The unitary or dominant way of thinking is that of a generalized hermeneutics, a hermeto-logy… The unitary philosopher (the philosopher of Being, then of Difference) was always a representative, emissary, and civil servant of the Postal and Telecommunication ministry; a transmitter and decoder of hermeto-logical Difference; an agent of postal ingenuity. He exploits confusion, the ambiguity of the secret and of censure. Nearly all philosophers were the mailmen of truth, and they diverted the truth for reasons less to do with the secret that with authoritarian censure. Meaning, always more meaning! Information, always more information! Such is the mantra of hermeto-logical Difference, which mixes together truth and communication, the real and information. The most extreme version of this hermeto-logical ambiguity is the Hegelian and Nietzschean principle: the real is communicational, the communicational is real. it is in the omnipresent effectivity of communication that hermeto-logy itself deteriorates.
- François Laruelle, “The Truth According to Hermes,” 2010
This is important to me, but I can’t tell you why.
Okay fine, I’ll say a little bit about it. I just read The Infinities, a John Banville novel narrated primarily by the Greek god Hermes. He is the divine messenger, interpreting the gods to men and vice versa. But at some point Banville’s Hermeneutical narrator acknowledges that, for the gods, watching mortals engaging in the material world is like looking into a mirror: try to reach in, to make direct contact, and the mirror breaks. Even for this narrational Hermes, then, the world of men is sealed off from the gods. This got me thinking about the other Hermes, Trismegistus, the purported author of the ancient esoteric Hermetic Texts. Was he god or man? I don’t know. He is credited with using his alchemical knowledge to make an airtight seal on a glass tube, hence “hermetically sealed.” Plato alleged that some Egyptian temple contained a secret library of Hermetic texts dating back 9 thousand years. I don’t know much about his writings, but I presume that this other Hermes claimed access to hidden knowledge. Evidently Banville’s hermeneutical narrator didn’t have access to the hermetic keys for unlocking the material world.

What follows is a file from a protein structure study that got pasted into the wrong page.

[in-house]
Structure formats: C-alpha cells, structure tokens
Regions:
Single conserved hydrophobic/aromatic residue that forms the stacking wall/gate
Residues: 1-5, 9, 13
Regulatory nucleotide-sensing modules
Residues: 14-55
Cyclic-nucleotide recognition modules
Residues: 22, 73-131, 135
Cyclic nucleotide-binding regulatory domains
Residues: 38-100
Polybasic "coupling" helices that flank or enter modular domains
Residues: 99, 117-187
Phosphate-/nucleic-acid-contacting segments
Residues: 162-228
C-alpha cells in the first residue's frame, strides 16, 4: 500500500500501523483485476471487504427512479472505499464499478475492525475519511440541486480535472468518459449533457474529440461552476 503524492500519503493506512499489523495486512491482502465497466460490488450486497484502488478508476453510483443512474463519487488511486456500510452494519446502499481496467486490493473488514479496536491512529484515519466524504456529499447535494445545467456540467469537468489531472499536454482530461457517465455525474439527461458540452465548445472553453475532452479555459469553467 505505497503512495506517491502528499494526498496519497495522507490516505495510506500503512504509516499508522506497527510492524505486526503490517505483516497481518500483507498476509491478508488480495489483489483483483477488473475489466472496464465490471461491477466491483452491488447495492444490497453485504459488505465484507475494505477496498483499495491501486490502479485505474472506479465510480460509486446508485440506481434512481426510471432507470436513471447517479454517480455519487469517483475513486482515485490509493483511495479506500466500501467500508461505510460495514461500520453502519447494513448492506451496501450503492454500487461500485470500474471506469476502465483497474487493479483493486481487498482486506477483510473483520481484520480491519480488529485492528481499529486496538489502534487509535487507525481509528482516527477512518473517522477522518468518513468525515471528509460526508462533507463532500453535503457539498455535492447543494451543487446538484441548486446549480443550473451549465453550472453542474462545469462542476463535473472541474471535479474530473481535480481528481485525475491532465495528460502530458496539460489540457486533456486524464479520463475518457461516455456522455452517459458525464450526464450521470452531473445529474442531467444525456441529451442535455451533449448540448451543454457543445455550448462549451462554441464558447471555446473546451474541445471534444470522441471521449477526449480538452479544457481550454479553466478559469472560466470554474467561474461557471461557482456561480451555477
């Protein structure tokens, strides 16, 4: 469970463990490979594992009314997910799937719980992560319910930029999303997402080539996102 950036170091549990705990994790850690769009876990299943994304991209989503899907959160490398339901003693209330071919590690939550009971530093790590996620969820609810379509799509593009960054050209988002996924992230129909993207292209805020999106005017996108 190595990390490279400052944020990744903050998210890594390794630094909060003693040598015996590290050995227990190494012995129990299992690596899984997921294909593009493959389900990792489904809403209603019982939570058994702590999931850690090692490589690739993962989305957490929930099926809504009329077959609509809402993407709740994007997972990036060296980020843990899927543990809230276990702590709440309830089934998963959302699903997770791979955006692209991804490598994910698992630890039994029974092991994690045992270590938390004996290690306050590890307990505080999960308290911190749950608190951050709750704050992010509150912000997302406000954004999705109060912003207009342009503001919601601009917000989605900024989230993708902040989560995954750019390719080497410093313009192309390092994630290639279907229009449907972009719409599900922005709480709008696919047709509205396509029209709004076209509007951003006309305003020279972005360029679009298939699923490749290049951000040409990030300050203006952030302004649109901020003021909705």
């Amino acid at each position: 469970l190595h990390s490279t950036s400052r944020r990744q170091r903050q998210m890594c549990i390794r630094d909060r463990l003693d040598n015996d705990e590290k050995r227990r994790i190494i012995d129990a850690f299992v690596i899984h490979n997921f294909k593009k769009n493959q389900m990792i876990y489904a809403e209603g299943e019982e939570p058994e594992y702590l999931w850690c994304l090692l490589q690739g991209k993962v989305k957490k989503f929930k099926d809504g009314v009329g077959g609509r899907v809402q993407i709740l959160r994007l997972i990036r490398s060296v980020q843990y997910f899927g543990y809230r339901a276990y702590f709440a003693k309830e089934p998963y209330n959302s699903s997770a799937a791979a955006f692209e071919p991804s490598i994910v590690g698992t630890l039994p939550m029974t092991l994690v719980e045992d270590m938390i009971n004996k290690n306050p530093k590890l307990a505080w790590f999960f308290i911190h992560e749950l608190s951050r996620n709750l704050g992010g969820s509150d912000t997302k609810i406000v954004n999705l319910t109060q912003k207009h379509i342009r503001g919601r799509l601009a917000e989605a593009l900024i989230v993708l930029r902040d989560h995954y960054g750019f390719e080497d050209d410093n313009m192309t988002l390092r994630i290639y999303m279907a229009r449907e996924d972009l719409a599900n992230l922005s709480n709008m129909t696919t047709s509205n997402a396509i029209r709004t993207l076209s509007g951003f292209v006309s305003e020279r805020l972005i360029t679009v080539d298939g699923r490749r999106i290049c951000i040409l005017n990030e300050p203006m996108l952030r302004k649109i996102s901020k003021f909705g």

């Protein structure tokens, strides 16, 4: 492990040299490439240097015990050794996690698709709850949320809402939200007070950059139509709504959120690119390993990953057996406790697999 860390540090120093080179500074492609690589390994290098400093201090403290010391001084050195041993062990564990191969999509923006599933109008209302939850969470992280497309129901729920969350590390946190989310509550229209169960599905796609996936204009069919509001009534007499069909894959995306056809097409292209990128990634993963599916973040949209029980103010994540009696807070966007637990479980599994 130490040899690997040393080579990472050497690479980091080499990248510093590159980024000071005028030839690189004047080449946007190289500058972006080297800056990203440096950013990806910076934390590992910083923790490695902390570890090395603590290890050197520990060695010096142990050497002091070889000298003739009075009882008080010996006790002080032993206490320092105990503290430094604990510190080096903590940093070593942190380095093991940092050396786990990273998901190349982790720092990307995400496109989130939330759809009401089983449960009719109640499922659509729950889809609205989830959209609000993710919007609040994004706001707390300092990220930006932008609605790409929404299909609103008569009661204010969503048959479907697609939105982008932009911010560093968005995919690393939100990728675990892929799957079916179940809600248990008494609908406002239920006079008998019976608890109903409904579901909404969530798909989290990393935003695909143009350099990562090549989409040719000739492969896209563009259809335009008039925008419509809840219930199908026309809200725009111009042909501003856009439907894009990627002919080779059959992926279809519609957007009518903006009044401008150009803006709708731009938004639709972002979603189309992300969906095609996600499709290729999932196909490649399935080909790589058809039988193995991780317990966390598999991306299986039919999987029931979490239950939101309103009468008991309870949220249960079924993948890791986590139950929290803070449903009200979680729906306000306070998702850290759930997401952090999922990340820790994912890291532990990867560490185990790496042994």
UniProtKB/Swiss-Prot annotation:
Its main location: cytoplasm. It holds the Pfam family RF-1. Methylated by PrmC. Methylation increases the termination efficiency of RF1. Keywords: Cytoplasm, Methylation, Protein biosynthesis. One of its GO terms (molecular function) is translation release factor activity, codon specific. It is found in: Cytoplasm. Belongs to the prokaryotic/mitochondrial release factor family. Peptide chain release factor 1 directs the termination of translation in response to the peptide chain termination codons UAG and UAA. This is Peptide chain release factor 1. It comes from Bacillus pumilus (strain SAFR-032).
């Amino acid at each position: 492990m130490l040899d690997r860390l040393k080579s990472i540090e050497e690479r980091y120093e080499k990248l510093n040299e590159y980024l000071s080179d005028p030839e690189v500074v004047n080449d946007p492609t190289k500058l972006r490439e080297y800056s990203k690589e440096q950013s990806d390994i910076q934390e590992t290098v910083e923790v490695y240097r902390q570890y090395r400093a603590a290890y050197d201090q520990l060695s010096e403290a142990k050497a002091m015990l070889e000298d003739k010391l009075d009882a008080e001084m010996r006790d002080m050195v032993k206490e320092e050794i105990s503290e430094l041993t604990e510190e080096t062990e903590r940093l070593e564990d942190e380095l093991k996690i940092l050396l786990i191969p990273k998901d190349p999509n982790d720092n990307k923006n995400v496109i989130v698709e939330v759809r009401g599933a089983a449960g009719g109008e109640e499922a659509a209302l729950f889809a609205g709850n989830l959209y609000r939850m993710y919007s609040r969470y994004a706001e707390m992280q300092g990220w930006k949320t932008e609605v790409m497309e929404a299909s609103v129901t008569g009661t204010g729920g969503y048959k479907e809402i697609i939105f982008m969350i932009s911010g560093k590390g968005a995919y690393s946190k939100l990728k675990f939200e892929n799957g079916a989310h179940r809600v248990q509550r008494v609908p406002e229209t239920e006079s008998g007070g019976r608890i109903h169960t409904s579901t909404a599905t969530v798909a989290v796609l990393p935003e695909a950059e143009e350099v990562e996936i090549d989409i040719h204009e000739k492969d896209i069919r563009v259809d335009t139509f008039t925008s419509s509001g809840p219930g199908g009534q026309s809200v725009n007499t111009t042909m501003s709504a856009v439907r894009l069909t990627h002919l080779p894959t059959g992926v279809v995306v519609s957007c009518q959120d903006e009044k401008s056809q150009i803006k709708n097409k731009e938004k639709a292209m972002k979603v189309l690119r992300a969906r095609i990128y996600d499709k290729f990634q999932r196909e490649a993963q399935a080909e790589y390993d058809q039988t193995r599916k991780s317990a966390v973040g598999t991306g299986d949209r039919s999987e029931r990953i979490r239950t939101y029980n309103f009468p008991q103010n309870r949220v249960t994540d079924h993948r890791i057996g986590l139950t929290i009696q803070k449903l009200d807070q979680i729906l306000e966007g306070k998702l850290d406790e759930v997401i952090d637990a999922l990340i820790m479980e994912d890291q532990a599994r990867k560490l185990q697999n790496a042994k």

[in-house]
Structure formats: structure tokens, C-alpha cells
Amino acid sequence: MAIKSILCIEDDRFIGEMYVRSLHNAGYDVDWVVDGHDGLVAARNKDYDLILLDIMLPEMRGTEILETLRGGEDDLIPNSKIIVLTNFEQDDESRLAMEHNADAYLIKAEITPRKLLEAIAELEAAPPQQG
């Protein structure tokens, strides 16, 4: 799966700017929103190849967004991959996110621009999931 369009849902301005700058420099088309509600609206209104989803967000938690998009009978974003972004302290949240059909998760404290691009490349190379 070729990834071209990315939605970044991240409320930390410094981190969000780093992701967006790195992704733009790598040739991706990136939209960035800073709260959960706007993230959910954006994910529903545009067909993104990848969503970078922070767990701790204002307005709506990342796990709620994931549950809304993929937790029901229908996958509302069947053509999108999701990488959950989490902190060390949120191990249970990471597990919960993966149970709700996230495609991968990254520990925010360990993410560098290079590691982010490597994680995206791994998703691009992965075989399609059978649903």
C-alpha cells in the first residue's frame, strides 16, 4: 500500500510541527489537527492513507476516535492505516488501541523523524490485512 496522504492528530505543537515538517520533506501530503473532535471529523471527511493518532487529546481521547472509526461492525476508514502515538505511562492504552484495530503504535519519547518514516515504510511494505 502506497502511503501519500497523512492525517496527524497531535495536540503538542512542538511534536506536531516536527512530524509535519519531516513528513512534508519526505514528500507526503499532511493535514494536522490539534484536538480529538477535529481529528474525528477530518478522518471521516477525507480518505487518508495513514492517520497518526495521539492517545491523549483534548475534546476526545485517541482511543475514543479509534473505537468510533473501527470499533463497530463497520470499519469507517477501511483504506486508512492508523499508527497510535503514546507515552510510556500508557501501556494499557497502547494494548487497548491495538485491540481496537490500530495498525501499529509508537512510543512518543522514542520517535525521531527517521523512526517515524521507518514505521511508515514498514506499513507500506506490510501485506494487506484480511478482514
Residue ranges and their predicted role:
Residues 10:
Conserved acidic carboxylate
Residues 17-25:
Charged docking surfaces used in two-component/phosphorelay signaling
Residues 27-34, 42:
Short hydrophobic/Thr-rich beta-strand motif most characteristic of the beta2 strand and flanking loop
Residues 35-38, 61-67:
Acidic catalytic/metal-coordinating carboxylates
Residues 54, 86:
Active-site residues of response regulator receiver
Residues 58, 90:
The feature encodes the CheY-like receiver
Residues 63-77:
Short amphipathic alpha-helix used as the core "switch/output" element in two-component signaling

It turns out that I recently finished writing a novel called The Courier, about a guy who transmits packages and messages. I didn’t explicitly link the titular character to either Hermes, but he is both. As carrier of messages he is a hermeneutician; as one who does not break the seals on the messages he carries he is hermetic.
Yesterday I happened to come across Laruelle’s essay; I know it was referenced by one of the theory blogs, either Agent Swarm or An Und Fur Sich or Ecology Without Nature or Archive Fire. Laruelle’s idea of the philosopher as general-purpose hermeneutician, as “mailman of truth,” suits my fictional Courier nicely. Earlier Laruelle writes:
Next to the unitary and authoritarian Hermes, there is another Hermes. He defines the essence of truth as a secret, but as a secret that in order to exist and to be made known needs none of the light of logos, none of the tricks of meaning, the strategies of interpretation, the horizons of the World, or the transcendent forms of appearance. Truth as secret exists autonomously prior to the horizontality of appearance. The secret enjoys an absolute precedence over interpretation; it is itself the Uninterpretable from which an interpretation emerges. It is the invisible that has never been visible because it is known from the outset to be invisible. The essence of the secret does not reside in a rupture or redrawing that de-limits presence via some kind of withdrawal or “retrocession.” That the secret has never appeared in the horizon of presence is simply an effect, the effect of its positive essence.
And that works for my Courier too, in his hermetic mode: some parcels can never be opened. Not that I necessarily believe that Laruelle’s discussion of truth is itself true…